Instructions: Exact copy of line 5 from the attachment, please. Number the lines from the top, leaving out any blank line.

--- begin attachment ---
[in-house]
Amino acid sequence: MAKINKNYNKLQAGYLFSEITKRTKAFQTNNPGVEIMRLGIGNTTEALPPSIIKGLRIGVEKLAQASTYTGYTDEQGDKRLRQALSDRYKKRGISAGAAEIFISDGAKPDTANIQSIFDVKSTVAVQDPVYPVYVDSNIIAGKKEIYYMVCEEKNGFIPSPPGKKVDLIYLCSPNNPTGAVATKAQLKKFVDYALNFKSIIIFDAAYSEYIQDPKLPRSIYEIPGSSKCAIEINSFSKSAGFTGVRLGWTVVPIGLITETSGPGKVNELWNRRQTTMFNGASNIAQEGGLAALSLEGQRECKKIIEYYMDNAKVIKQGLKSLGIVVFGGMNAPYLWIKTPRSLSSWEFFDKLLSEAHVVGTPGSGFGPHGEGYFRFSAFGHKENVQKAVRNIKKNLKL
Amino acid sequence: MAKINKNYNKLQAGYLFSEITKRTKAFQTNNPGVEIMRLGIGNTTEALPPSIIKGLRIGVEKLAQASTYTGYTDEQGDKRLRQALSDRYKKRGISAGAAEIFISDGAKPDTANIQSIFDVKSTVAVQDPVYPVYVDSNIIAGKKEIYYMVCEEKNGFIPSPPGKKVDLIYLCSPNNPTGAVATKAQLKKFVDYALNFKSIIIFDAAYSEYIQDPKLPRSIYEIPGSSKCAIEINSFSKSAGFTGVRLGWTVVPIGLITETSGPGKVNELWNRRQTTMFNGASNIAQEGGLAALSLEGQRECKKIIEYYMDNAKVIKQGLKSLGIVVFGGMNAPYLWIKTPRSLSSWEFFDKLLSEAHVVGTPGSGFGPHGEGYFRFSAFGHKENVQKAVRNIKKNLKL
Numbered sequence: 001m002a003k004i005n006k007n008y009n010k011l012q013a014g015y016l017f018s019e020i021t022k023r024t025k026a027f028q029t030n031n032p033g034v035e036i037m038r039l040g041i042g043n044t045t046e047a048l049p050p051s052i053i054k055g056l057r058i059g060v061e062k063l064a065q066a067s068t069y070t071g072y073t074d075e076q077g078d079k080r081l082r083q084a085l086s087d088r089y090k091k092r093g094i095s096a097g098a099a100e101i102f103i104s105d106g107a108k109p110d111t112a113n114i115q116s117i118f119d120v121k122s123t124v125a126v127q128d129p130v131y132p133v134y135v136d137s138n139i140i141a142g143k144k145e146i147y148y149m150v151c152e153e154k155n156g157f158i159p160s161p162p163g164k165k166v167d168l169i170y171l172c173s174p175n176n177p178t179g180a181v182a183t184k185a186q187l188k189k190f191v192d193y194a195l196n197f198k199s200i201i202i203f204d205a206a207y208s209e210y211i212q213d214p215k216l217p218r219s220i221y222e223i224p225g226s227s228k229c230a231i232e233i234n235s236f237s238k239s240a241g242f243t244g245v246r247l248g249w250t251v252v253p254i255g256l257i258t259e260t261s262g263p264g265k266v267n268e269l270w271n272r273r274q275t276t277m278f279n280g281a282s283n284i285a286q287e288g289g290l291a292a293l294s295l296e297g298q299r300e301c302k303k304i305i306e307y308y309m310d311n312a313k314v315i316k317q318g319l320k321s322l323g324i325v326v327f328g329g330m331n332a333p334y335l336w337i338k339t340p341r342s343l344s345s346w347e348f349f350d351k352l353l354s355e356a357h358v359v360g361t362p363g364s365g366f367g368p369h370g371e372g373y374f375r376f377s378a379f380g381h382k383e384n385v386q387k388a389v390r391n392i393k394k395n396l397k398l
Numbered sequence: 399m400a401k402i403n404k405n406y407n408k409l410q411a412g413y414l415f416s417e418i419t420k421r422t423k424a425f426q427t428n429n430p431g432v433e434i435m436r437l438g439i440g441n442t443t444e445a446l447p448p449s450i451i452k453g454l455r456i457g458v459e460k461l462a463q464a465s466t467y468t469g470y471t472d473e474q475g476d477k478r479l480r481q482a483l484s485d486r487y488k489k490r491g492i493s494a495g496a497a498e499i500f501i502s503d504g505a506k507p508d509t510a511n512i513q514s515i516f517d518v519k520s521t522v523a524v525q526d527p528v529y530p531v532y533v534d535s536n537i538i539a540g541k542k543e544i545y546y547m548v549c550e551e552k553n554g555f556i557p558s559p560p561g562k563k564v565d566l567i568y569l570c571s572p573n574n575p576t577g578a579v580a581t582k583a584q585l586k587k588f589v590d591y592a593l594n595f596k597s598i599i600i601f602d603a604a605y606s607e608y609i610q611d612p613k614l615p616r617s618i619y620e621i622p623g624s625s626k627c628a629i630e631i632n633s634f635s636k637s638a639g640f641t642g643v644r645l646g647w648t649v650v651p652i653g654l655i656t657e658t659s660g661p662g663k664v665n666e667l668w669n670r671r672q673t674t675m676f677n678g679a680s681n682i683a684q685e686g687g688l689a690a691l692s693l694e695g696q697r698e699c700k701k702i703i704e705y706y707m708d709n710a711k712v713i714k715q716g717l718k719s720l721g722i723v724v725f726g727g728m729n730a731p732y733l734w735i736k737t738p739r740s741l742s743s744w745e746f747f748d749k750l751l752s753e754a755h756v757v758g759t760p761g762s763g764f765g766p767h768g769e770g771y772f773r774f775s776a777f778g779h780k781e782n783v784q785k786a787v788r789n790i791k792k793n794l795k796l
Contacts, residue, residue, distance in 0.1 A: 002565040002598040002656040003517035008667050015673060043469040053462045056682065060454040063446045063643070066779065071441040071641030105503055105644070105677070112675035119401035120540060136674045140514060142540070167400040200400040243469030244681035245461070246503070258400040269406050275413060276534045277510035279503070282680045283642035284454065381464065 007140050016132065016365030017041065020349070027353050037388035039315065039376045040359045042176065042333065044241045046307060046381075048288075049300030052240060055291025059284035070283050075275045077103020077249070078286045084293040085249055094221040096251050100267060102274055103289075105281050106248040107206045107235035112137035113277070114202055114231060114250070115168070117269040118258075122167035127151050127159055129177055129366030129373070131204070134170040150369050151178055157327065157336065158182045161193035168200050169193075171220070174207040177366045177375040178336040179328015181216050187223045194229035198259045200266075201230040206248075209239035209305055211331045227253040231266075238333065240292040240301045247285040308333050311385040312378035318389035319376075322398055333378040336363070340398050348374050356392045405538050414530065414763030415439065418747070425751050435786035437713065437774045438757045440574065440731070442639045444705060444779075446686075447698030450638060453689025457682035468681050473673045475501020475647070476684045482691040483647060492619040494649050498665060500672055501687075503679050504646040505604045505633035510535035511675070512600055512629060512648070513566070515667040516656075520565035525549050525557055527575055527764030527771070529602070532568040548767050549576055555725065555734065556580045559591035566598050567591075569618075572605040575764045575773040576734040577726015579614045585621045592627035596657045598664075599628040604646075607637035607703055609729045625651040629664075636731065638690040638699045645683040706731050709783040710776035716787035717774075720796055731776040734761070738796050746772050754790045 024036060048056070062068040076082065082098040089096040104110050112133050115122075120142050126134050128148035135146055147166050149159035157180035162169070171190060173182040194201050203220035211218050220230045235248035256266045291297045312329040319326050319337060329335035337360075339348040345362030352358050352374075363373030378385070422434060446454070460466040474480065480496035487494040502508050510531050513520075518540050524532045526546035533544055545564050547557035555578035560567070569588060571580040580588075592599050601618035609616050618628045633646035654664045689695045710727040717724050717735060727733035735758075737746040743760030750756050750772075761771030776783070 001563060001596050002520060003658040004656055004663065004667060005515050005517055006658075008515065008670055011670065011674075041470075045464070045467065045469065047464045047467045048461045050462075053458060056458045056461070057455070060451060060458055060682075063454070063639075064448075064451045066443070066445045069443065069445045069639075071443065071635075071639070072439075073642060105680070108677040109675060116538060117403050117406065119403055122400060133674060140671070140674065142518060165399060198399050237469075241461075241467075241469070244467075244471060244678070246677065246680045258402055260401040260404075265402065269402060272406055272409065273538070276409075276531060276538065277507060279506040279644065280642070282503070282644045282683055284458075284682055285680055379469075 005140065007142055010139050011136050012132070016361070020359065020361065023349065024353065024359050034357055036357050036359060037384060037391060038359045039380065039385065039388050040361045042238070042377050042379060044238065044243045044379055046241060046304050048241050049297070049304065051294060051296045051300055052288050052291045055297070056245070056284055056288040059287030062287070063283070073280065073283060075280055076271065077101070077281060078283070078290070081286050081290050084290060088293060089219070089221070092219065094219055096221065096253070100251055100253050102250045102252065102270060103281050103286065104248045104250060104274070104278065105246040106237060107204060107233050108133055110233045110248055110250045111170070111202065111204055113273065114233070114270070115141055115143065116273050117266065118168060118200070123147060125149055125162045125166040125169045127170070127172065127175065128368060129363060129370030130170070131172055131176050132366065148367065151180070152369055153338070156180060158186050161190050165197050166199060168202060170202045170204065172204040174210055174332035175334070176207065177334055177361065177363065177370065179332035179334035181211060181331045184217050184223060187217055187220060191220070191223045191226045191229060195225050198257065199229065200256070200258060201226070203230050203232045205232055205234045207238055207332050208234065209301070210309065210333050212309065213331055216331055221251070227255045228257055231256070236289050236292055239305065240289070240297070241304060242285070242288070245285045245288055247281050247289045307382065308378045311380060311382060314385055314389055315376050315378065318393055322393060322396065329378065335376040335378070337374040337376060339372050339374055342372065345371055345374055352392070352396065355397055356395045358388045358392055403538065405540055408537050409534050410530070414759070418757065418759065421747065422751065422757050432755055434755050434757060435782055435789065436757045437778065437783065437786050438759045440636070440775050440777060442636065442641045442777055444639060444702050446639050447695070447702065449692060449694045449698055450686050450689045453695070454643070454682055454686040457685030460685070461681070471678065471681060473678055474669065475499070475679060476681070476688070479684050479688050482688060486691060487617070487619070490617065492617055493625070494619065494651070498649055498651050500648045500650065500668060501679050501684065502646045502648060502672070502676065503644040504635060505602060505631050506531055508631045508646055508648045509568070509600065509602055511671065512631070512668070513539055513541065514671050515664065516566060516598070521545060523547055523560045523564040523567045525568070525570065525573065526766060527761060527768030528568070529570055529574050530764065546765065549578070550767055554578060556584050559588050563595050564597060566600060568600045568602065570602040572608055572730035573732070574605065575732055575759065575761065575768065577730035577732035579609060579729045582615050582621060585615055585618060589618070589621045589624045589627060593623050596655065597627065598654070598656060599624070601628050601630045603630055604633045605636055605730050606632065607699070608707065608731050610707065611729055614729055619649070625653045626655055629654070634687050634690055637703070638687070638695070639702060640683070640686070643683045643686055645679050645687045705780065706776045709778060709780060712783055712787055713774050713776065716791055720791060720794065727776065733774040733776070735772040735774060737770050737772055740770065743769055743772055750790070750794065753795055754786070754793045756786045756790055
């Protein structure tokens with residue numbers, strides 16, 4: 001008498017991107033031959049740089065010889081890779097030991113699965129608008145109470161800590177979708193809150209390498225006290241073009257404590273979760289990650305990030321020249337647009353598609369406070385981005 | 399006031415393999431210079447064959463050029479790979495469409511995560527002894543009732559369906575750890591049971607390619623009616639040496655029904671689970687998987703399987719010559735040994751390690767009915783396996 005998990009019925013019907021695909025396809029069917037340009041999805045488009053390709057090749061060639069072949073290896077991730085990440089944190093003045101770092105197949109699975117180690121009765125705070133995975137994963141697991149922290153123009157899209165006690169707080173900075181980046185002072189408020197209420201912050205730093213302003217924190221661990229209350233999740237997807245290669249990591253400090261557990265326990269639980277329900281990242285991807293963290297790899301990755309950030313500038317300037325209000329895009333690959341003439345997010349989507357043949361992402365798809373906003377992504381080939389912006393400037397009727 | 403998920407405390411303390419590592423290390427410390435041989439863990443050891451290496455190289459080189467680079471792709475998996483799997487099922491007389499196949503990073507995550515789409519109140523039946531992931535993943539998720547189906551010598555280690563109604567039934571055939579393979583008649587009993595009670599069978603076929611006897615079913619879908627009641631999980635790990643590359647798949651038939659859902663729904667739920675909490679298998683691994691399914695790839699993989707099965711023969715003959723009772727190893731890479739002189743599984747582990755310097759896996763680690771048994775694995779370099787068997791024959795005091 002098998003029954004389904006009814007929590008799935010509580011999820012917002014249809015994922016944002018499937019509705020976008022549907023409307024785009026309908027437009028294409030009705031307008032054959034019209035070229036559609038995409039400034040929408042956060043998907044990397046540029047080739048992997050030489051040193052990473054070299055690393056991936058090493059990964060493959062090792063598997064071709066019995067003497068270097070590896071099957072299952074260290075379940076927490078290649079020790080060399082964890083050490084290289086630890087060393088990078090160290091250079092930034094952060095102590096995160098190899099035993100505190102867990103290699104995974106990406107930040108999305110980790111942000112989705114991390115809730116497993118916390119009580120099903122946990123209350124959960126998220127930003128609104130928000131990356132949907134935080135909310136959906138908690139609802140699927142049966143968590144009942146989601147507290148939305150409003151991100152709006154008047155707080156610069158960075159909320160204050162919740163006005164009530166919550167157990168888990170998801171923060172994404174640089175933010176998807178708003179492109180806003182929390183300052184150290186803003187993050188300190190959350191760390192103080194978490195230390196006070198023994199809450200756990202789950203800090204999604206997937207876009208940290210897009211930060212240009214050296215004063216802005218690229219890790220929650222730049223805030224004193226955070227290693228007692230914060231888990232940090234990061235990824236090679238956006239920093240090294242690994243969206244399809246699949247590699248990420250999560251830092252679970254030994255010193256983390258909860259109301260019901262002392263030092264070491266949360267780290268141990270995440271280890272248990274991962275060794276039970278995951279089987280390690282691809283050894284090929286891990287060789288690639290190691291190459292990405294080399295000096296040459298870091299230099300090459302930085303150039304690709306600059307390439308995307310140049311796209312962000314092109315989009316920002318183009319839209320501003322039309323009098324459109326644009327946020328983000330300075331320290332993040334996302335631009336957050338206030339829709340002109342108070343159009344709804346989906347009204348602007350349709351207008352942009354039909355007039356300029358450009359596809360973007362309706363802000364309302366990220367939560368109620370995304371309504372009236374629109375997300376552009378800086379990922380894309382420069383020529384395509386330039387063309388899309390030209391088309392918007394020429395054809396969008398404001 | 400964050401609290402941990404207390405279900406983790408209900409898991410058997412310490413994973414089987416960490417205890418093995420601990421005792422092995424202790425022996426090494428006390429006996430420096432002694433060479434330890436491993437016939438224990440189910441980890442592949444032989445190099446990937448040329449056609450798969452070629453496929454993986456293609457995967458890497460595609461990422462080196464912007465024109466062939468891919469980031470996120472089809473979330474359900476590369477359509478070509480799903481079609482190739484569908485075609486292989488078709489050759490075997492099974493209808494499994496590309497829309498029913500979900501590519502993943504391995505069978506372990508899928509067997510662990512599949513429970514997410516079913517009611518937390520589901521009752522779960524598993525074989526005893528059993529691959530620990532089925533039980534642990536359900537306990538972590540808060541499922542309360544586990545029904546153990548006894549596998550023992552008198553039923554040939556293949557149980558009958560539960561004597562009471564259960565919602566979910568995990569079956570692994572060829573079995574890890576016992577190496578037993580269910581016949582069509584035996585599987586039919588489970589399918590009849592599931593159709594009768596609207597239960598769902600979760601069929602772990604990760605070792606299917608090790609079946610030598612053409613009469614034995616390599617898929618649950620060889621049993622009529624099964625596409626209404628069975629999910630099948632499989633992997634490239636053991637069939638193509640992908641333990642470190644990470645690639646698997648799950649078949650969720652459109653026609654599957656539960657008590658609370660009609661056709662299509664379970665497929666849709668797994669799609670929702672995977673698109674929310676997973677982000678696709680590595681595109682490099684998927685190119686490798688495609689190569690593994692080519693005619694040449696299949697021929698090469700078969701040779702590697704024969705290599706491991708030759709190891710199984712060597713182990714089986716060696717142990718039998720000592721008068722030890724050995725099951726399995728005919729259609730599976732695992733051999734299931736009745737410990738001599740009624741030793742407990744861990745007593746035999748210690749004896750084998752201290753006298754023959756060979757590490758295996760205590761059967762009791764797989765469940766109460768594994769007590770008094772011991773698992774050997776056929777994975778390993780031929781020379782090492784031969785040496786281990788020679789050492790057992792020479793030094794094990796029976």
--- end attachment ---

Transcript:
Numbered sequence: 399m400a401k402i403n404k405n406y407n408k409l410q411a412g413y414l415f416s417e418i419t420k421r422t423k424a425f426q427t428n429n430p431g432v433e434i435m436r437l438g439i440g441n442t443t444e445a446l447p448p449s450i451i452k453g454l455r456i457g458v459e460k461l462a463q464a465s466t467y468t469g470y471t472d473e474q475g476d477k478r479l480r481q482a483l484s485d486r487y488k489k490r491g492i493s494a495g496a497a498e499i500f501i502s503d504g505a506k507p508d509t510a511n512i513q514s515i516f517d518v519k520s521t522v523a524v525q526d527p528v529y530p531v532y533v534d535s536n537i538i539a540g541k542k543e544i545y546y547m548v549c550e551e552k553n554g555f556i557p558s559p560p561g562k563k564v565d566l567i568y569l570c571s572p573n574n575p576t577g578a579v580a581t582k583a584q585l586k587k588f589v590d591y592a593l594n595f596k597s598i599i600i601f602d603a604a605y606s607e608y609i610q611d612p613k614l615p616r617s618i619y620e621i622p623g624s625s626k627c628a629i630e631i632n633s634f635s636k637s638a639g640f641t642g643v644r645l646g647w648t649v650v651p652i653g654l655i656t657e658t659s660g661p662g663k664v665n666e667l668w669n670r671r672q673t674t675m676f677n678g679a680s681n682i683a684q685e686g687g688l689a690a691l692s693l694e695g696q697r698e699c700k701k702i703i704e705y706y707m708d709n710a711k712v713i714k715q716g717l718k719s720l721g722i723v724v725f726g727g728m729n730a731p732y733l734w735i736k737t738p739r740s741l742s743s744w745e746f747f748d749k750l751l752s753e754a755h756v757v758g759t760p761g762s763g764f765g766p767h768g769e770g771y772f773r774f775s776a777f778g779h780k781e782n783v784q785k786a787v788r789n790i791k792k793n794l795k796l